Alzheimer’s disease may be linked to misfiring immune system, study reveals
Researchers have found that some immune cells designed to protect the brain from infection start consuming an amino acid called arginine, triggering the onset of classical hallmarks of the disease, including brain plaques and memory loss.
The study, carried out by researchers at Duke University and
published April 15 in the Journal of Neuroscience,
demonstrated that particular immune cells that are meant to
protect the brain start to become destructive and consume an
essential nutrient known as arginine.
Senior author Carol Colton, professor of neurology at the Duke University School of Medicine, said the new research not only indicates the potential cause of Alzheimer’s, but also may eventually lead to a new treatment therapy.
“If indeed arginine consumption is so important to the disease process, maybe we could block it and reverse the disease,” Colton said in the Duke University press release.
"We see this study opening the doors to thinking about
Alzheimer's in a completely different way, to break the stalemate
of ideas in Alzheimer's disease."
People who suffer from Alzheimer’s show ‘plaques’ and ‘tangles’ inside of the brain that researchers have long mystified researchers. The plaques are an accumulation of sticky proteins called beta amyloid, and tangles are “twisted strands of a protein called tau.”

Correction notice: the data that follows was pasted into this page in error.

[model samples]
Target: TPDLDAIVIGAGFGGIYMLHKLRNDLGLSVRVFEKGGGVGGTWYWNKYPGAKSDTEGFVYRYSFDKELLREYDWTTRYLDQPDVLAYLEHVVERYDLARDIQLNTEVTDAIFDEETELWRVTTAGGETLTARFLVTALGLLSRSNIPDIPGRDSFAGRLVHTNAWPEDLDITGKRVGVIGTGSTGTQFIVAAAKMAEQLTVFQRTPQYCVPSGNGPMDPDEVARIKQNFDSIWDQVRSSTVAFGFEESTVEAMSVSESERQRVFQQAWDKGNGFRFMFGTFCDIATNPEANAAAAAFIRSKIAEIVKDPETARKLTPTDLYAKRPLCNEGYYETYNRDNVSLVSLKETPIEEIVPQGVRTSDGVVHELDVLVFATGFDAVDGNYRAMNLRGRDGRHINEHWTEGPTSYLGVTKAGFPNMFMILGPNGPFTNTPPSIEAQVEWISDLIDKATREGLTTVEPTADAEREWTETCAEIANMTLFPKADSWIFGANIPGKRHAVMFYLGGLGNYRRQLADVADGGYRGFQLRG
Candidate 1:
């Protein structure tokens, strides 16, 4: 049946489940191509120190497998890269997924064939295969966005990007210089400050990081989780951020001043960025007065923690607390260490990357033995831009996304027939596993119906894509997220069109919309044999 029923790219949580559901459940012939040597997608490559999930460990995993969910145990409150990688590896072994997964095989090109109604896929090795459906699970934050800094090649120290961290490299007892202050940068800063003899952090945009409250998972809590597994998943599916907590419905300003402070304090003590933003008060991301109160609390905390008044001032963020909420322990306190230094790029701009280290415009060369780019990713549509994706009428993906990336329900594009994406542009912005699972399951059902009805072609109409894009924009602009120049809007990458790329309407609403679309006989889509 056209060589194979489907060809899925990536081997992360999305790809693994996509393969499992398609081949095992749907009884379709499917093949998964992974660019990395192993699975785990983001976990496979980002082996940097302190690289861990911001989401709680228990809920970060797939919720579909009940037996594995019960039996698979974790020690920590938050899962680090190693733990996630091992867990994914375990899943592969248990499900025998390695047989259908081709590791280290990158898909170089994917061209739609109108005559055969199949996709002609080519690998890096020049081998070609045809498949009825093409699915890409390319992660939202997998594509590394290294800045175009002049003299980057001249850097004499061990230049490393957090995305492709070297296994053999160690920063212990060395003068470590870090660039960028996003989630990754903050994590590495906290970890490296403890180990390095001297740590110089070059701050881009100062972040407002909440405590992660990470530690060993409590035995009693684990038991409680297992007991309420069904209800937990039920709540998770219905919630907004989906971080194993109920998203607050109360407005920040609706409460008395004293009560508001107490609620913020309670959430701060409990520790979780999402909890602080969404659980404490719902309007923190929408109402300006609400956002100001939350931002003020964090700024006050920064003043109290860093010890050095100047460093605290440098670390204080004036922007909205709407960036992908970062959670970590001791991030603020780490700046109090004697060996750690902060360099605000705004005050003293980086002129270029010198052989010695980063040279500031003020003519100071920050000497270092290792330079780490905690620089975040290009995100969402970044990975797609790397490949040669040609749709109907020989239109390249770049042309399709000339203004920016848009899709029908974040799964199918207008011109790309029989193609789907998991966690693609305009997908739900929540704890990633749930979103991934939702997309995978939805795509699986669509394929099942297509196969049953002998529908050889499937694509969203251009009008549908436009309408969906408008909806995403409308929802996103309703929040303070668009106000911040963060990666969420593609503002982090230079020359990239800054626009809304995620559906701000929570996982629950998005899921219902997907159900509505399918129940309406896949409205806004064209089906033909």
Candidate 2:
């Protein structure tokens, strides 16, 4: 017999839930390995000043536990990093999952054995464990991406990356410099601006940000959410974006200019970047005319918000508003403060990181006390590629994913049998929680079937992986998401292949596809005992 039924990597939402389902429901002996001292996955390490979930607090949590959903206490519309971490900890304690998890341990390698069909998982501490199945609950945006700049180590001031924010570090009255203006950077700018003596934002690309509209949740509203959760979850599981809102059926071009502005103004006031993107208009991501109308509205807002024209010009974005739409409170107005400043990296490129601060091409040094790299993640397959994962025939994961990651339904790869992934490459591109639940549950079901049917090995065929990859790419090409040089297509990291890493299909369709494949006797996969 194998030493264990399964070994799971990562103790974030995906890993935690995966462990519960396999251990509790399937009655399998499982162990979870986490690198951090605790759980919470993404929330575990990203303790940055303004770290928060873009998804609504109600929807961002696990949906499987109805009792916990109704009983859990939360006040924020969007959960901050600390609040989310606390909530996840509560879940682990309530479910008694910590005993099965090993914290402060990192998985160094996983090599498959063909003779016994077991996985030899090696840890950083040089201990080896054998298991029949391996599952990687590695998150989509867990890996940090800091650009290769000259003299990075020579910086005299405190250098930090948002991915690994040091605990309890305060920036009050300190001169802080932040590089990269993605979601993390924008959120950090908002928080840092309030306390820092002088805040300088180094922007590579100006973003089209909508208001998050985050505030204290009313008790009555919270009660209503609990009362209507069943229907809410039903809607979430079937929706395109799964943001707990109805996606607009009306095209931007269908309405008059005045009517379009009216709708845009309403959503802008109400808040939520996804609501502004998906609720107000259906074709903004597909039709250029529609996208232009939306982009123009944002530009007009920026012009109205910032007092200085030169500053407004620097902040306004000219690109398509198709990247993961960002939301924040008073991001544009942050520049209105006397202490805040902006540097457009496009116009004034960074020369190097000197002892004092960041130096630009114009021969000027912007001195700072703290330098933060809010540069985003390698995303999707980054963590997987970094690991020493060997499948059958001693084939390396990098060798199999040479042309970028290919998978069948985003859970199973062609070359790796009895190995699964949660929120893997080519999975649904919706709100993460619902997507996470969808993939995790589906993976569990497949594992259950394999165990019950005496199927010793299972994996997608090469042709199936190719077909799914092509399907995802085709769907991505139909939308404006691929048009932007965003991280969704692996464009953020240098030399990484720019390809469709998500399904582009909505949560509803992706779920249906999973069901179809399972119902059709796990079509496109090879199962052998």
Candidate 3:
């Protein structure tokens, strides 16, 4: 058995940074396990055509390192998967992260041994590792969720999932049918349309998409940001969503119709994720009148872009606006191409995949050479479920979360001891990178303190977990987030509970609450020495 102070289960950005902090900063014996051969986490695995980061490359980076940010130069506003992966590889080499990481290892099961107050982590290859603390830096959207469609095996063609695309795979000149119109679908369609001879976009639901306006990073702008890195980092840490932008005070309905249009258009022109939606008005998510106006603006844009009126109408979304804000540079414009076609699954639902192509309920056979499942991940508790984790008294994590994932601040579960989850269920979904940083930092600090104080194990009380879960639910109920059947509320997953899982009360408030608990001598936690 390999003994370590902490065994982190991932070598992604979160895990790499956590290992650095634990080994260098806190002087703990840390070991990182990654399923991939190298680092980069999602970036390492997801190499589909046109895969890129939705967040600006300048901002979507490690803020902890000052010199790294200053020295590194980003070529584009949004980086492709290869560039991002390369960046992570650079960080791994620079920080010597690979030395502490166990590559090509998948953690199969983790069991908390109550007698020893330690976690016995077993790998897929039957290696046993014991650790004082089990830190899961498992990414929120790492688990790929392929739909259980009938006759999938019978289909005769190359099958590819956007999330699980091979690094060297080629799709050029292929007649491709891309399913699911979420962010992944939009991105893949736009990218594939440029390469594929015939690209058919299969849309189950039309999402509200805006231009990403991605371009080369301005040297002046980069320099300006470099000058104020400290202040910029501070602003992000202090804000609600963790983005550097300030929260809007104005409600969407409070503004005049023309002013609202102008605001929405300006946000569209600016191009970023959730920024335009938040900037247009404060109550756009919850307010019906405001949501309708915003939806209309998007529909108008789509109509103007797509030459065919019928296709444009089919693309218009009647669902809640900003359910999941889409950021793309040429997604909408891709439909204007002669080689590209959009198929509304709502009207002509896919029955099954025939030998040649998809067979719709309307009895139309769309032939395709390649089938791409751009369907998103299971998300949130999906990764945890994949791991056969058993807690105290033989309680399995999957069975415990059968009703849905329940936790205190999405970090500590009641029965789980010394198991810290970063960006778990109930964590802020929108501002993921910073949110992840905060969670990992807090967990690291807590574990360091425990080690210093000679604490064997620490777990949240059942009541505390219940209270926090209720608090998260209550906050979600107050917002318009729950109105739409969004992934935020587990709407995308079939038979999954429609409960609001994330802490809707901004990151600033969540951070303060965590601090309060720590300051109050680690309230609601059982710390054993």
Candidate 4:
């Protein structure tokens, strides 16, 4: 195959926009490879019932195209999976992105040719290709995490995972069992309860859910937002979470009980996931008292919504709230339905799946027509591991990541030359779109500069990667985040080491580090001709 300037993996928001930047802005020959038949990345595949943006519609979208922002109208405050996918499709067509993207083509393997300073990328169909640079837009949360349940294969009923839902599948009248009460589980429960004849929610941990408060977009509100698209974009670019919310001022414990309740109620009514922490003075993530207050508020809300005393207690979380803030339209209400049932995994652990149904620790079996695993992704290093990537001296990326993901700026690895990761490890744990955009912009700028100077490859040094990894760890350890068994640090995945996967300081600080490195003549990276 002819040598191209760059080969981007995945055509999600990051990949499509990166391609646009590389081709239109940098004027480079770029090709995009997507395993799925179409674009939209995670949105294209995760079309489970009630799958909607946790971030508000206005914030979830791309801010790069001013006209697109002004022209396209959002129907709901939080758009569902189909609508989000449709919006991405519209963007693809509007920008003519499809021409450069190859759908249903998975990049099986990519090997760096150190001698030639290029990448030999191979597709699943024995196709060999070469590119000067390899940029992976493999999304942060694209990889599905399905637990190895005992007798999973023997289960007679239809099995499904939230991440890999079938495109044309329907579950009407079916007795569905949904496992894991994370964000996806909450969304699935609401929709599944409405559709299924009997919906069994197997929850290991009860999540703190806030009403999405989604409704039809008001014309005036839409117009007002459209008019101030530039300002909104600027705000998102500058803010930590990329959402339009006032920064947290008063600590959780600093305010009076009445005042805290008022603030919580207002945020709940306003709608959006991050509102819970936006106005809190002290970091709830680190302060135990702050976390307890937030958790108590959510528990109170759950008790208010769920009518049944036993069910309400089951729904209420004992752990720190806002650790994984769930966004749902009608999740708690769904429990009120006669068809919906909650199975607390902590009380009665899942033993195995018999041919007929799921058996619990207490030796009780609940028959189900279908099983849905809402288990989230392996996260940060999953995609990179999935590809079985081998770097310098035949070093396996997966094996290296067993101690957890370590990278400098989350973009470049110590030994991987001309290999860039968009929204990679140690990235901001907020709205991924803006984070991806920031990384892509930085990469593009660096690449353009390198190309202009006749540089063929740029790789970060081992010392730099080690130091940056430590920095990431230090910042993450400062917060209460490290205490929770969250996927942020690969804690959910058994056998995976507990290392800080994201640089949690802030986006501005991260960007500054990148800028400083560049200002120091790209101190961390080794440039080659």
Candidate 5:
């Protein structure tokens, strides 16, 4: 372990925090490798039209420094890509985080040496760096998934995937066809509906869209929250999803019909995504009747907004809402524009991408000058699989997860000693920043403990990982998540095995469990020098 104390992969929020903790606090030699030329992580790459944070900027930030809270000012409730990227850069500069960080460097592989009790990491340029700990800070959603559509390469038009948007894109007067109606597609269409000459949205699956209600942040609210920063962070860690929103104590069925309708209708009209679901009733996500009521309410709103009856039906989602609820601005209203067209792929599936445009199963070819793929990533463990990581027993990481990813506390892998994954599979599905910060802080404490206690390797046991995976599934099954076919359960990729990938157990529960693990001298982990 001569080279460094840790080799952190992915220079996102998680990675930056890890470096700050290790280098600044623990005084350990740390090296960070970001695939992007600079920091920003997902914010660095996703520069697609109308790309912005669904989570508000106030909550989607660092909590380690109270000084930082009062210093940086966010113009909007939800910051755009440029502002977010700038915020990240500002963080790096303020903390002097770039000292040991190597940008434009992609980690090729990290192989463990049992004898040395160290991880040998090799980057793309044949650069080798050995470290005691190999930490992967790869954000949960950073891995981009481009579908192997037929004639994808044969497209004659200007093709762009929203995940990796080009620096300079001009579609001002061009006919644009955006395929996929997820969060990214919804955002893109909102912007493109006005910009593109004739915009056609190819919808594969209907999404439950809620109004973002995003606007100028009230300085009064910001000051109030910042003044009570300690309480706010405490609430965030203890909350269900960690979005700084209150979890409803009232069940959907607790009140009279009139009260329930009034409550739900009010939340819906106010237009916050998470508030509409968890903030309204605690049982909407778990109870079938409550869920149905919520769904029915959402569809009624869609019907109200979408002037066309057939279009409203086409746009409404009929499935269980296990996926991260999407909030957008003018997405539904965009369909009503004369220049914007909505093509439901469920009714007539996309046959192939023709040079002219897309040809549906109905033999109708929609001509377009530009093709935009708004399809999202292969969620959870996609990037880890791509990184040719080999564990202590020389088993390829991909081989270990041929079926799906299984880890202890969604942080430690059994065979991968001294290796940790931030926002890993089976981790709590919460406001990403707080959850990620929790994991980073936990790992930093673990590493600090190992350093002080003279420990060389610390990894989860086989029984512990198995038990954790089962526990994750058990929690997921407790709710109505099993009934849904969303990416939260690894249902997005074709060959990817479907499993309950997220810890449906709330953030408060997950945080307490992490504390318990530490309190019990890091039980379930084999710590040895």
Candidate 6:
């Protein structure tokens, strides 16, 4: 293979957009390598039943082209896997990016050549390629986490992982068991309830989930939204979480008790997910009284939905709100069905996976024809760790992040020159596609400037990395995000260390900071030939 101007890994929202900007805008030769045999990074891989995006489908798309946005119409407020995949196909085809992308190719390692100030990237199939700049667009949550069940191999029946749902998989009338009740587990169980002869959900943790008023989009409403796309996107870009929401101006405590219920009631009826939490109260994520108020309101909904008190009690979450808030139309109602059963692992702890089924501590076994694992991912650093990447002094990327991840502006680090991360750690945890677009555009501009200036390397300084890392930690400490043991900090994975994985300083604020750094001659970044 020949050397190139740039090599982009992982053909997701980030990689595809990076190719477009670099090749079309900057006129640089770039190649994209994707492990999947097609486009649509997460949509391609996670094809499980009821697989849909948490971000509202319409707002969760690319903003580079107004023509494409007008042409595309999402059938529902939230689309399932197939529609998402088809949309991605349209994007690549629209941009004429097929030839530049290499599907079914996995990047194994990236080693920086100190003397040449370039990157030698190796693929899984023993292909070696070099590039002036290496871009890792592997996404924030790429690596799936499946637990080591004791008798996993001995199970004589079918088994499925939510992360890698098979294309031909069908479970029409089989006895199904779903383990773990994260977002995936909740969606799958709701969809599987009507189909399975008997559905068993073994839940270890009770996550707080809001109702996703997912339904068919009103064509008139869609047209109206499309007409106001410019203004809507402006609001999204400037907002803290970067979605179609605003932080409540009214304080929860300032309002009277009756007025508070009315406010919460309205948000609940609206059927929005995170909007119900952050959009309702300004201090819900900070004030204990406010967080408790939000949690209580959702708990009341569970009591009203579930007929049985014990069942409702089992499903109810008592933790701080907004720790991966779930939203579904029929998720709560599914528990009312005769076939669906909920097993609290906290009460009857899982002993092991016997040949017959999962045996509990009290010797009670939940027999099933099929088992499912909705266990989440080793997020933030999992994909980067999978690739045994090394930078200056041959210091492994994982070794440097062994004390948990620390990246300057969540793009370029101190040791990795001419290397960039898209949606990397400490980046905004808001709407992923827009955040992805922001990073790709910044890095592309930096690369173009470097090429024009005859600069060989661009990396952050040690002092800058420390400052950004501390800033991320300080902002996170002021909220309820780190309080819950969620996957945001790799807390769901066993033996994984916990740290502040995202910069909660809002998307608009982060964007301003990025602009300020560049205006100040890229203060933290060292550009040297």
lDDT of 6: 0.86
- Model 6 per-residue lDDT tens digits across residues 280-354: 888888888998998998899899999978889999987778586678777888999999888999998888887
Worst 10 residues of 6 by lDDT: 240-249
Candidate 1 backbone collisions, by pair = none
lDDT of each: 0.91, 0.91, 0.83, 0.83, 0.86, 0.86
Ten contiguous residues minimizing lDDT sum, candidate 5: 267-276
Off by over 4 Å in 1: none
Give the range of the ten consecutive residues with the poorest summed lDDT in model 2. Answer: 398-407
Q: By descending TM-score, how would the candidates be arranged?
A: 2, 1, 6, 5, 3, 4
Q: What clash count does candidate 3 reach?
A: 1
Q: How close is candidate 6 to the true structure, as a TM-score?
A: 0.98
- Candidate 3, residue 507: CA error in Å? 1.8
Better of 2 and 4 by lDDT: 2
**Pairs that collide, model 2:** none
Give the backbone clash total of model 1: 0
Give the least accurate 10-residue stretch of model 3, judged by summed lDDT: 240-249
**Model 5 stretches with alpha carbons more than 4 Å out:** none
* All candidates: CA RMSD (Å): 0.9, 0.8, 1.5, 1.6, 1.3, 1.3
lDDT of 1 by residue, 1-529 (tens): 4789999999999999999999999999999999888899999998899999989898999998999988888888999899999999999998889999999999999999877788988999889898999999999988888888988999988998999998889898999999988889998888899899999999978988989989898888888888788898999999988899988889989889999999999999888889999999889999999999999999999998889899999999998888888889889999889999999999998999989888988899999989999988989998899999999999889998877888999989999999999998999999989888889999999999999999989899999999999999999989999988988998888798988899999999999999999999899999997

However, laboratory tests on mice have demonstrated that the drug, difluoromethylornithine, (DFMO) stops the onset of full-blown Alzheimer’s, as well as improving the memory of animals who already had the disease.
Scientists involved in the research expressed surprise by the results.
"It's surprising, because suppression of the immune system is
not what the field has been thinking is happening in Alzheimer’s
Disease," said Matthew Kan, the study’s first author and
MD/PhD student under Colton’s direction.
“Instead, scientists have previously assumed that the brain releases molecules involved in ramping up the immune system, that supposedly damage the brain," he said.
"All of this suggests to us that if you can block this process, then you can protect, the mouse, at least, from Alzheimer's disease.”